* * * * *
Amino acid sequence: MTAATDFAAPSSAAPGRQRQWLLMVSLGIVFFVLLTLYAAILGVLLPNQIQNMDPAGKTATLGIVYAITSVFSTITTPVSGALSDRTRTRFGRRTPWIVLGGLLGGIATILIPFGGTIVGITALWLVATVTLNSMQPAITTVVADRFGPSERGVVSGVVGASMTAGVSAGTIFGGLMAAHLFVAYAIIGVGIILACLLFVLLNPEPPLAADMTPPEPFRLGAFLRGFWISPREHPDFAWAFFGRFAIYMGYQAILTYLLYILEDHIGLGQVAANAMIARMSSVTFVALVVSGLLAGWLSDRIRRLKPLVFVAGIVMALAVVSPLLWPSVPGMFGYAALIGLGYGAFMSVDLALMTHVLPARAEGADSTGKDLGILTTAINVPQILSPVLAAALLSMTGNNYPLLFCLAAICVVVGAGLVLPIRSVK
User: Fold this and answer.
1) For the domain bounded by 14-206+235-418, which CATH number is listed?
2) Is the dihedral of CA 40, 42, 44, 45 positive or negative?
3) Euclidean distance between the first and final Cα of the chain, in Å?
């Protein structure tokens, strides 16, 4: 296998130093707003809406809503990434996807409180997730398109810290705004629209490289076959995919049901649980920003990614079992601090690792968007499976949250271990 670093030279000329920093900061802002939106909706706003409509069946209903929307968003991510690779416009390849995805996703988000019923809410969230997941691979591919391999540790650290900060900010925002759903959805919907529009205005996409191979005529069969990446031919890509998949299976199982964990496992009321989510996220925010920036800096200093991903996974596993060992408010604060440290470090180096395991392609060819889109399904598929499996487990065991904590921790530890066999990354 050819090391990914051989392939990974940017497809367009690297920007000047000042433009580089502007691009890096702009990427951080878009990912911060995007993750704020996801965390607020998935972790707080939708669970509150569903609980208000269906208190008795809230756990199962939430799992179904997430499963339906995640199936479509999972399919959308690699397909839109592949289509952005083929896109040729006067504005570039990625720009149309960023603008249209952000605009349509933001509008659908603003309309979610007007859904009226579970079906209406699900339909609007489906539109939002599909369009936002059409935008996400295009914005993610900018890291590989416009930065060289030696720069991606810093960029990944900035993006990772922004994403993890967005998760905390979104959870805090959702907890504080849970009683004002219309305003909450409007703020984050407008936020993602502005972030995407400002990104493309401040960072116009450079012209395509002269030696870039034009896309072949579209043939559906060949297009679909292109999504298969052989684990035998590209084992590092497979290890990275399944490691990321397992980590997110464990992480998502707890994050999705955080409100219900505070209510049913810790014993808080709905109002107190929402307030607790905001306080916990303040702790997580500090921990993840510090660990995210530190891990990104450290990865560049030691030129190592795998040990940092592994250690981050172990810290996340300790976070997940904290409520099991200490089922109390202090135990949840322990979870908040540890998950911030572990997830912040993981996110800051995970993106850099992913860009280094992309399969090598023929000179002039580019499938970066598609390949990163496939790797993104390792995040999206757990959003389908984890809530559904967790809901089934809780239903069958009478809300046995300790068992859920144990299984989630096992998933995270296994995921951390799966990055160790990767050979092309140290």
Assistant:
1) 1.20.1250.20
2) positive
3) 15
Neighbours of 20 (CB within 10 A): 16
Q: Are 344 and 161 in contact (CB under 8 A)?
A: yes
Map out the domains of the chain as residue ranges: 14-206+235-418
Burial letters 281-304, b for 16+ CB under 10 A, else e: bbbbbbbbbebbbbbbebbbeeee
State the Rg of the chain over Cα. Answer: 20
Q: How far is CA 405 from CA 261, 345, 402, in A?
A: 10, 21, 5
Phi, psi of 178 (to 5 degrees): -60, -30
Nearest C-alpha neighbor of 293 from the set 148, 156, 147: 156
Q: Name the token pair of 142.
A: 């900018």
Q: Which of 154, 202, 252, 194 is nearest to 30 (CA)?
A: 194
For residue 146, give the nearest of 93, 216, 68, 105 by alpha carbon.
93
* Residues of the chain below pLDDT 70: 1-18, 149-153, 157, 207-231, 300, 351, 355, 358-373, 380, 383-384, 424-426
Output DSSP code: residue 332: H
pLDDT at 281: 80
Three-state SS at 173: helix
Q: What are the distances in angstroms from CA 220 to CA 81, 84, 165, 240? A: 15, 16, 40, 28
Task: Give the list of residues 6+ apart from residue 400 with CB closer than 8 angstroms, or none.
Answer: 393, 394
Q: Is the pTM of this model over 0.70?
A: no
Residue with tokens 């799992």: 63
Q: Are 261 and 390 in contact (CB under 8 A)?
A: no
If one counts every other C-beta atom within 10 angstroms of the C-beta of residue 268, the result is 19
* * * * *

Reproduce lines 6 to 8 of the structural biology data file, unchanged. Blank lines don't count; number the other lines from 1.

């Protein structure tokens, strides 16, 4: 296998130093707003809406809503990434996807409180997730398109810290705004629209490289076959995919049901649980920003990614079992601090690792968007499976949250271990 670093030279000329920093900061802002939106909706706003409509069946209903929307968003991510690779416009390849995805996703988000019923809410969230997941691979591919391999540790650290900060900010925002759903959805919907529009205005996409191979005529069969990446031919890509998949299976199982964990496992009321989510996220925010920036800096200093991903996974596993060992408010604060440290470090180096395991392609060819889109399904598929499996487990065991904590921790530890066999990354 050819090391990914051989392939990974940017497809367009690297920007000047000042433009580089502007691009890096702009990427951080878009990912911060995007993750704020996801965390607020998935972790707080939708669970509150569903609980208000269906208190008795809230756990199962939430799992179904997430499963339906995640199936479509999972399919959308690699397909839109592949289509952005083929896109040729006067504005570039990625720009149309960023603008249209952000605009349509933001509008659908603003309309979610007007859904009226579970079906209406699900339909609007489906539109939002599909369009936002059409935008996400295009914005993610900018890291590989416009930065060289030696720069991606810093960029990944900035993006990772922004994403993890967005998760905390979104959870805090959702907890504080849970009683004002219309305003909450409007703020984050407008936020993602502005972030995407400002990104493309401040960072116009450079012209395509002269030696870039034009896309072949579209043939559906060949297009679909292109999504298969052989684990035998590209084992590092497979290890990275399944490691990321397992980590997110464990992480998502707890994050999705955080409100219900505070209510049913810790014993808080709905109002107190929402307030607790905001306080916990303040702790997580500090921990993840510090660990995210530190891990990104450290990865560049030691030129190592795998040990940092592994250690981050172990810290996340300790976070997940904290409520099991200490089922109390202090135990949840322990979870908040540890998950911030572990997830912040993981996110800051995970993106850099992913860009280094992309399969090598023929000179002039580019499938970066598609390949990163496939790797993104390792995040999206757990959003389908984890809530559904967790809901089934809780239903069958009478809300046995300790068992859920144990299984989630096992998933995270296994995921951390799966990055160790990767050979092309140290």
Assistant:
1) 1.20.1250.20